Left Coast Voices

"I would hurl words into the darkness and wait for an echo. If an echo sounded, no matter how faintly, I would send other words to tell, to march, to fight." Richard Wright, American Hunger

Archive for the tag “ecosystem”

It’s OK to be Food Secure – Roger Ingalls

Have you seen or read the weather reports coming from America’s heart land? Heat and lack of rain are playing havoc with the crops. The prices for corn, soybean and wheat have jumped over the past two days (5.5%, 3.6% and 3.1% respectively). This may seem like a small increase but when you consider that 70% of everything we consume uses these three commodities in some way, it is a significant jump. Hot, dry weather is expected to stay with the nation’s breadbasket for awhile which may further impact crop yields and prices.

Picture from Standeyo.com

To those who understand our so-called modern food system, it’s obvious that we, the consuming public, have lost control of the basic necessities we need to sustain ourselves. The enticement of farm subsidies has created a corporate rush to drive out traditional local farmers. We now have consolidated and centralized mega-farms all practicing similar techniques. This lack of diversity exacerbates weather related events leaving the public at risk (food shortages and high prices). In addition, food prices are no longer solely established by supply and demand. Since deregulation under the Bush administration #2, it is now legal to speculate on food commodities in ways similar to stocks, hedge funds and oil which further drives the price of food. Yes, Wall Street is now gambling on our food. Lastly, corporatized or industrial farming is fossil fuel intensive so food prices are tied to oil and natural gas.

So how do we take back control of our food? This is really an economic and marketing question. We need to develop a substitute food system with value that will motivate consumers to switch.

It just so happens that an alternate food system does exist and has been successfully implemented in an American country very close to our border. Cuba had a farming system similar to the US, Europe and other industrialized nations but they relied on imports from the Soviet Union for oil-based pesticides, natural gas based fertilizers and diesel for transportation of goods from farm to city. When the Soviet Union collapsed in 1989, Cuba’s supply of fuel and fossil-derived chemicals dwindled to near extinction. Fortunately for the Cuban people, their government saw what was coming and developed a smart strategy to replace industrialized chemical farming. They rolled out a farming system based on biological fertilizers, biological/cultural pest control and implemented it right in the cities. Essentially, they created organic urban farming out of necessity. Here are a few amazing statistics and other information:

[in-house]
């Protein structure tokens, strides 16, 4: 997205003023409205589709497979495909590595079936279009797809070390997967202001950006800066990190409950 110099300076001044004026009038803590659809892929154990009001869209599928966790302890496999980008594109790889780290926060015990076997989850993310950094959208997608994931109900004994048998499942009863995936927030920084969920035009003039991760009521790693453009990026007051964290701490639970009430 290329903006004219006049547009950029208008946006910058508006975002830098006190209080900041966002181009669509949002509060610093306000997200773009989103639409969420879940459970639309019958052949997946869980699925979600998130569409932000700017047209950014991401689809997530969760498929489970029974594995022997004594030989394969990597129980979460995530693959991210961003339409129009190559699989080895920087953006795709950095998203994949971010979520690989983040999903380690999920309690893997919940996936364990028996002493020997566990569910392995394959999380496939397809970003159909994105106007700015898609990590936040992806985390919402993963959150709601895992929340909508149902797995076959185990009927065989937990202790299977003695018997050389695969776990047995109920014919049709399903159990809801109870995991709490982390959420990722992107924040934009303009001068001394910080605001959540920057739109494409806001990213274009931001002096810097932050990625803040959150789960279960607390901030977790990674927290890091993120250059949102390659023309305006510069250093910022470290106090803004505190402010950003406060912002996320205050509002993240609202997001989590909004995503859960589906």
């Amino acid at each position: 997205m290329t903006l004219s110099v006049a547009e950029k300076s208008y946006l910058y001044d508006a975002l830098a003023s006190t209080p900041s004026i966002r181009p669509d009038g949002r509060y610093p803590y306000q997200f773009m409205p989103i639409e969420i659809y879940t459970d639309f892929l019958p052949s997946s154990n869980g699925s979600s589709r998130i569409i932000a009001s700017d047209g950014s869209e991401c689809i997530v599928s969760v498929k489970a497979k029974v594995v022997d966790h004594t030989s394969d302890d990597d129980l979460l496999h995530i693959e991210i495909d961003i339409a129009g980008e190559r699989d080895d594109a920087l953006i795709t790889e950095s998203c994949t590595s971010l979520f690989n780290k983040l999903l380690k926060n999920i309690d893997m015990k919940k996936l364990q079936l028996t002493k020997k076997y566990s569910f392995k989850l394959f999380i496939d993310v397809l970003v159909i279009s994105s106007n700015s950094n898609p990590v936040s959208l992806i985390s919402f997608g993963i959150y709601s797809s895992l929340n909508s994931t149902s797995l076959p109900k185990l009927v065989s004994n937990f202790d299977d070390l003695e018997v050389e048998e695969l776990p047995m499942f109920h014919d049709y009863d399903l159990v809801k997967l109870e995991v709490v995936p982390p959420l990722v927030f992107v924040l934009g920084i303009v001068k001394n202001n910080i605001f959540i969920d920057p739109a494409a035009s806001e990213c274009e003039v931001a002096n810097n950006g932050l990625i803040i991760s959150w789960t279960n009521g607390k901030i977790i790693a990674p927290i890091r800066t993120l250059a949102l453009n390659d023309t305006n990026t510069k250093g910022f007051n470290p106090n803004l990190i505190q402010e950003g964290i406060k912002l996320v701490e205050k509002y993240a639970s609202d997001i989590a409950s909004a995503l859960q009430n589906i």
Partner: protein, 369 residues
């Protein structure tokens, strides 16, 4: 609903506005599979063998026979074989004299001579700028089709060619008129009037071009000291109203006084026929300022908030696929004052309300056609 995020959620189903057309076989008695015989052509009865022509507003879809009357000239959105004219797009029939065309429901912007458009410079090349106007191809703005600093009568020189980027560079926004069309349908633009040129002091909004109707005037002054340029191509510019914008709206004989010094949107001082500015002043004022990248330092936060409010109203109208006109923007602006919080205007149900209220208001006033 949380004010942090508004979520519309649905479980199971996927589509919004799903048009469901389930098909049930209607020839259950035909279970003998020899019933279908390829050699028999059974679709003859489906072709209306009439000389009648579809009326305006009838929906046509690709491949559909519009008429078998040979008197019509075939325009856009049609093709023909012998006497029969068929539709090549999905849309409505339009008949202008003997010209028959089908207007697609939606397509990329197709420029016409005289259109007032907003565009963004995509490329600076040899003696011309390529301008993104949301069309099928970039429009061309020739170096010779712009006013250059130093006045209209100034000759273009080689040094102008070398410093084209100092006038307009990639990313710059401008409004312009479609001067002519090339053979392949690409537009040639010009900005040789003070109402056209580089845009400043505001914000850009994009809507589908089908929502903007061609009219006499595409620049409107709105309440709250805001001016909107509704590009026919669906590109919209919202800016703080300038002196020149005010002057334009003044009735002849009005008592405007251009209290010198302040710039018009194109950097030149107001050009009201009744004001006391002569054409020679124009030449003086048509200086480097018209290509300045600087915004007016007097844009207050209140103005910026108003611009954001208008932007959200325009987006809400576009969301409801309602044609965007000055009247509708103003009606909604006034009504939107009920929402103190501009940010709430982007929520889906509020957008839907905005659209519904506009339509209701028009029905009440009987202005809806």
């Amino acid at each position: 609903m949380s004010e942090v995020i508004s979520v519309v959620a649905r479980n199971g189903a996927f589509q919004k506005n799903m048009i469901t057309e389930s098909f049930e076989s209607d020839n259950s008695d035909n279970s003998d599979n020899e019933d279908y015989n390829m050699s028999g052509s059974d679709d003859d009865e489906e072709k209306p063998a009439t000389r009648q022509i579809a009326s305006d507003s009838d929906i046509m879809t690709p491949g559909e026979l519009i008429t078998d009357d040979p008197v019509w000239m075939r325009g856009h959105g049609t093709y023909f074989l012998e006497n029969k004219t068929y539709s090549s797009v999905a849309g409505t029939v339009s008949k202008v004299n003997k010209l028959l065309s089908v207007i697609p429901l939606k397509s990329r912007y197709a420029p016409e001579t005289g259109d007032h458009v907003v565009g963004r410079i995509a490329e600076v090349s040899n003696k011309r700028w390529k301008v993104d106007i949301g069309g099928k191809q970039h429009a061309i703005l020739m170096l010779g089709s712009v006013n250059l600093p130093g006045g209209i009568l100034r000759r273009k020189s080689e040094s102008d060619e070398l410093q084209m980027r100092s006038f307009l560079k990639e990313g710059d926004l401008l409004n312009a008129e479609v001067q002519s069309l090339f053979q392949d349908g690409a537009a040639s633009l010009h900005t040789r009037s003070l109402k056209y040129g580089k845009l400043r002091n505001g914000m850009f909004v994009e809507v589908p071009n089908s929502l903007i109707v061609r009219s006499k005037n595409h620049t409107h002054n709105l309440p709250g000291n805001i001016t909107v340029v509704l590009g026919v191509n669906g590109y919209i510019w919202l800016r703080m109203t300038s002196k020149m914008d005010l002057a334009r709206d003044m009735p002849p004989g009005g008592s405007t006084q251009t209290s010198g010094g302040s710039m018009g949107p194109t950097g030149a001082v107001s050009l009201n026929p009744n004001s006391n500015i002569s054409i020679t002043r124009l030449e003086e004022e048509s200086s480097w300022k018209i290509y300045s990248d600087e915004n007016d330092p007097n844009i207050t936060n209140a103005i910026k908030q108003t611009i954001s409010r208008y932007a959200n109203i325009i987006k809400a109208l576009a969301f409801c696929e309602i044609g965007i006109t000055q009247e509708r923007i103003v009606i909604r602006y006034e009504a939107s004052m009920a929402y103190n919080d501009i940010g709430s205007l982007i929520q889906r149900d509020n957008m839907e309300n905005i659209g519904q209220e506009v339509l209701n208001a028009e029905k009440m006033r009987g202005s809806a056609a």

1)       With a workforce of approximately 4.8 million, they’ve created 350,000 new jobs.
2)       Local production of fresh vegetables increased a thousand fold, yields per square meter increased from 1.5 kilograms to 25.8 kilograms.
3)       Food production is local so transportation is eliminated, food is fresh and harvested when ripe and not chemically gassed to ripen as with industrialized farming.
4)       Diets and health of the Cuban population improved, food is nutrient rich and free from toxic petrochemical pesticides and fertilizers.
5)       Urban farmers earn more than government workers and are as respected as doctors.

By duplicating something similar to the Cuban urban farming method we can take local ownership of our food, create jobs and enjoy healthier, tastier food. Just as important, we reduce the risk of shortages and high prices by decoupling food from the oil industry and speculative gambling by financial institutions. Urban agriculture is formed on multiple locations and managed by many small companies or sole proprietors. This creates additional diversity in produce and farming methods, thereby further improving food security.

Take a few minutes and really think about this organic local food system. It’s not a backward approach; it’s scientifically progressive with a thorough understanding of biology and how a living ecosystem really works. Imagine the positive benefits this would bring to your community: healthy food growing in every available space, people working and food secure, produce businesses or co-ops within walking distance for most everyone, a thriving self-made community.

It’s OK to say no to 1940s industrialized chemical farming practices, it’s OK to say no to market manipulation by financial institutions and IT’S OK TO BE EMPOWERED!

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Saving Nature, Our Natural Defense

A few days ago, I posted A Rude Intrusion, about BP and other multinational oil companies sponsoring an exhibition on the Audubon Aquarium of the Americas, highlighting responsible cultivation of our oceans and wetlands. I spoke about the irony of the company who brought the latest oil spill to our coasts, and ironically the Gulf Coast, taking on this role.